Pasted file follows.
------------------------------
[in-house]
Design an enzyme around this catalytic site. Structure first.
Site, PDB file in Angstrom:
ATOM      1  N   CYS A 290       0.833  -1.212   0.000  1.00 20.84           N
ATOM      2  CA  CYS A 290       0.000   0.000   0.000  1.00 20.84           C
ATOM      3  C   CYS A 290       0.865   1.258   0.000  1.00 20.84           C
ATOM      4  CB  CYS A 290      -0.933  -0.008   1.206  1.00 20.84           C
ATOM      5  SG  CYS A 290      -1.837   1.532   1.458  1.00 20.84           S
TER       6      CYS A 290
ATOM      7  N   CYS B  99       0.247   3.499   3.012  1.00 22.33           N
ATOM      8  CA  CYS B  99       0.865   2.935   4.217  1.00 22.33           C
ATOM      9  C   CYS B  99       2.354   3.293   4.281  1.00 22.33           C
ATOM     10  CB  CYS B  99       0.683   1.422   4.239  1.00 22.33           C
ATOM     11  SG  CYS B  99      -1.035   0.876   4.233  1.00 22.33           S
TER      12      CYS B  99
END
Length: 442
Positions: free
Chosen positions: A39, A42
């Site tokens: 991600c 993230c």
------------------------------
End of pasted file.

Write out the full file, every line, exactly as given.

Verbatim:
[in-house]
Design an enzyme around this catalytic site. Structure first.
Site, PDB file in Angstrom:
ATOM      1  N   CYS A 290       0.833  -1.212   0.000  1.00 20.84           N
ATOM      2  CA  CYS A 290       0.000   0.000   0.000  1.00 20.84           C
ATOM      3  C   CYS A 290       0.865   1.258   0.000  1.00 20.84           C
ATOM      4  CB  CYS A 290      -0.933  -0.008   1.206  1.00 20.84           C
ATOM      5  SG  CYS A 290      -1.837   1.532   1.458  1.00 20.84           S
TER       6      CYS A 290
ATOM      7  N   CYS B  99       0.247   3.499   3.012  1.00 22.33           N
ATOM      8  CA  CYS B  99       0.865   2.935   4.217  1.00 22.33           C
ATOM      9  C   CYS B  99       2.354   3.293   4.281  1.00 22.33           C
ATOM     10  CB  CYS B  99       0.683   1.422   4.239  1.00 22.33           C
ATOM     11  SG  CYS B  99      -1.035   0.876   4.233  1.00 22.33           S
TER      12      CYS B  99
END
Length: 442
Positions: free
Chosen positions: A39, A42
């Site tokens: 991600c 993230c």